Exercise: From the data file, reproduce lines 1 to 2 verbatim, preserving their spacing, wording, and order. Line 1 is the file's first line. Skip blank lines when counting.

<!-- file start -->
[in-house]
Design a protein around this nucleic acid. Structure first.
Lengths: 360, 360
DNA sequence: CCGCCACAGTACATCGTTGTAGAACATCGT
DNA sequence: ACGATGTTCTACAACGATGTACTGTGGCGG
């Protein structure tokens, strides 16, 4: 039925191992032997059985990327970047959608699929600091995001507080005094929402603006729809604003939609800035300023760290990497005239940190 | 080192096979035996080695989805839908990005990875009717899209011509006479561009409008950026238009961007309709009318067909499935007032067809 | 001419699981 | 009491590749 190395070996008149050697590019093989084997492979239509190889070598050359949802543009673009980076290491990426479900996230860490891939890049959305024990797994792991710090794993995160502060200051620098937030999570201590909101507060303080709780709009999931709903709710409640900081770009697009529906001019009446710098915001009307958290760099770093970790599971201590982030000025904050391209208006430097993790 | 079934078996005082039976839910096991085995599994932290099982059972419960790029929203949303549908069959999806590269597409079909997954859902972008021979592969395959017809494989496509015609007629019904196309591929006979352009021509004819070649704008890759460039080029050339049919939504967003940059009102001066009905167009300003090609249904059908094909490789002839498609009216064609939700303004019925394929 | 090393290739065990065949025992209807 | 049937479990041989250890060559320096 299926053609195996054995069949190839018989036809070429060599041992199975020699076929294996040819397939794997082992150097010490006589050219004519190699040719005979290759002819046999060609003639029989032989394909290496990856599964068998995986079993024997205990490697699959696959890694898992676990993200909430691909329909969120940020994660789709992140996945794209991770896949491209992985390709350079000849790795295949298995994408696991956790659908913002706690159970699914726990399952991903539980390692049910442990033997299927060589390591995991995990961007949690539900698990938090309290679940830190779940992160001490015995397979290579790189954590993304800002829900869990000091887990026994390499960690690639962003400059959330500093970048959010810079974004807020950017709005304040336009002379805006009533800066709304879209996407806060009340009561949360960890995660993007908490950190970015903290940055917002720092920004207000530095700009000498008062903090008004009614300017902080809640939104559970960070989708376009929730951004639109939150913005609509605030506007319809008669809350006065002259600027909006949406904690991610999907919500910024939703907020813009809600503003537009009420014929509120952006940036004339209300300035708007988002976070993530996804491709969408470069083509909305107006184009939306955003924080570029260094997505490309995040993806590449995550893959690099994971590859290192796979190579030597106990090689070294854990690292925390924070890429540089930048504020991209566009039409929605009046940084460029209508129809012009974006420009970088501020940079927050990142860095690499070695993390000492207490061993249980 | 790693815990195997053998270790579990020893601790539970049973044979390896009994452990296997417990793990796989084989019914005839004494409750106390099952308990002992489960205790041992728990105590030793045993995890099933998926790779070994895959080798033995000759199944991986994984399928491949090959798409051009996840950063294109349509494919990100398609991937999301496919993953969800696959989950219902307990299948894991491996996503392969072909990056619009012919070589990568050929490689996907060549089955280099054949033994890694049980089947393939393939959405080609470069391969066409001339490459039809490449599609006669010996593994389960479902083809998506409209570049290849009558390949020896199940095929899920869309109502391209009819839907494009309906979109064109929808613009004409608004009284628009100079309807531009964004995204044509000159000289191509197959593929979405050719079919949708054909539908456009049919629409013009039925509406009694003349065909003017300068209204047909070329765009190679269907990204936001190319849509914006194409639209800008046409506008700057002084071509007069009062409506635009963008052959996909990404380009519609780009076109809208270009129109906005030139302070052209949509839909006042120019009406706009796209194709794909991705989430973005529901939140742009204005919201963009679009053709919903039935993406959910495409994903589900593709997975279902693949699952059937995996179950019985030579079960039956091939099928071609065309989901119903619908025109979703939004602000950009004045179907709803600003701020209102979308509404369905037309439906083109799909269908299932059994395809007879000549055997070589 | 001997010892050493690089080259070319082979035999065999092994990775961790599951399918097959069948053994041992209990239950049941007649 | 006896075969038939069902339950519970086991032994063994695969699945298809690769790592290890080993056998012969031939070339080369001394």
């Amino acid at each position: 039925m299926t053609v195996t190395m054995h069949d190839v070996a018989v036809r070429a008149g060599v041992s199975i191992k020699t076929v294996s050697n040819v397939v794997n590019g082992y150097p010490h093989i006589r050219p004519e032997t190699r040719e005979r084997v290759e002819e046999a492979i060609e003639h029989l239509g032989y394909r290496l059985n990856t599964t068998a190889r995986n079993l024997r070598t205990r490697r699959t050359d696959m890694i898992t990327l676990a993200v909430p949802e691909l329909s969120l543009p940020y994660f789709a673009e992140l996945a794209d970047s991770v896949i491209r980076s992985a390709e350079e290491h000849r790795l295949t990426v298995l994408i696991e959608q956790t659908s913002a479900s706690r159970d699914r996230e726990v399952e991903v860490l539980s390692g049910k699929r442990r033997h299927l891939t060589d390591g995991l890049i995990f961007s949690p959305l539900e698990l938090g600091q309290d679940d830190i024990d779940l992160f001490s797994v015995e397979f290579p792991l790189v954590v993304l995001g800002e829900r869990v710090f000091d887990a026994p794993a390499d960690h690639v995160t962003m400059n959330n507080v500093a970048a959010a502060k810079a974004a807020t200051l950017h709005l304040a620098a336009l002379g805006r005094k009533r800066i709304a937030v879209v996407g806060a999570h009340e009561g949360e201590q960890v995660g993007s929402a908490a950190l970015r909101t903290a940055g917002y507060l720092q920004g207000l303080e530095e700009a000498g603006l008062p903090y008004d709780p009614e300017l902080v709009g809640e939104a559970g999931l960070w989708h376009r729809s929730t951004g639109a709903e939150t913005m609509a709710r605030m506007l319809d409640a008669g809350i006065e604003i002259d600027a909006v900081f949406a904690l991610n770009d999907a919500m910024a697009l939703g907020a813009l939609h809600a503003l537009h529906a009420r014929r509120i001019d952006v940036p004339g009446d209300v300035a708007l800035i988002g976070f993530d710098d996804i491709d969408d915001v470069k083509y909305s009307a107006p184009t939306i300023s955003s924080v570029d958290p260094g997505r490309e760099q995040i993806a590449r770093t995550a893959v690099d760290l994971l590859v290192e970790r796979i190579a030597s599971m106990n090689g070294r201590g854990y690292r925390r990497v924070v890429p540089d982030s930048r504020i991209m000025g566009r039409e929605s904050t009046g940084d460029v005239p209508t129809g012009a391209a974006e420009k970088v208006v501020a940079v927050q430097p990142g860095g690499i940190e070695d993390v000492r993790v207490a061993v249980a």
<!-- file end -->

[in-house]
Design a protein around this nucleic acid. Structure first.